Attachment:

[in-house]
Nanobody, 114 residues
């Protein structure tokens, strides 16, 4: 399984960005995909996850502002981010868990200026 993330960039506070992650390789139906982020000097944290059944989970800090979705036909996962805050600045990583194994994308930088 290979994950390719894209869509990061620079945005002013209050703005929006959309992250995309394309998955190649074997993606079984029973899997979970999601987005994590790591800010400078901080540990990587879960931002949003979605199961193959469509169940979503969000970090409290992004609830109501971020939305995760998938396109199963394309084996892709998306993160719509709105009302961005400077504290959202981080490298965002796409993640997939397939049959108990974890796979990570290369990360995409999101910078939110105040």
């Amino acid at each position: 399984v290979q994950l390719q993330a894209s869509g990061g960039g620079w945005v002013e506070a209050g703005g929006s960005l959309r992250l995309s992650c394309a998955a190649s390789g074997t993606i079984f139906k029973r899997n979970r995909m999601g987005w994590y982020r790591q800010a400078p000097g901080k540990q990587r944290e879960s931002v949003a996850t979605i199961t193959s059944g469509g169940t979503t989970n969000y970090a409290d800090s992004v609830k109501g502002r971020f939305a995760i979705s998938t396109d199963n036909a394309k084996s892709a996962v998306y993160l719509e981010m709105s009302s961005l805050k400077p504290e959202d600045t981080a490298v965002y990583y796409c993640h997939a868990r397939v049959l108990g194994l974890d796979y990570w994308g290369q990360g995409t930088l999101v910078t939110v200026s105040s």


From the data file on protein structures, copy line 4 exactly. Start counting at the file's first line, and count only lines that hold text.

């Amino acid at each position: 399984v290979q994950l390719q993330a894209s869509g990061g960039g620079w945005v002013e506070a209050g703005g929006s960005l959309r992250l995309s992650c394309a998955a190649s390789g074997t993606i079984f139906k029973r899997n979970r995909m999601g987005w994590y982020r790591q800010a400078p000097g901080k540990q990587r944290e879960s931002v949003a996850t979605i199961t193959s059944g469509g169940t979503t989970n969000y970090a409290d800090s992004v609830k109501g502002r971020f939305a995760i979705s998938t396109d199963n036909a394309k084996s892709a996962v998306y993160l719509e981010m709105s009302s961005l805050k400077p504290e959202d600045t981080a490298v965002y990583y796409c993640h997939a868990r397939v049959l108990g194994l974890d796979y990570w994308g290369q990360g995409t930088l999101v910078t939110v200026s105040s």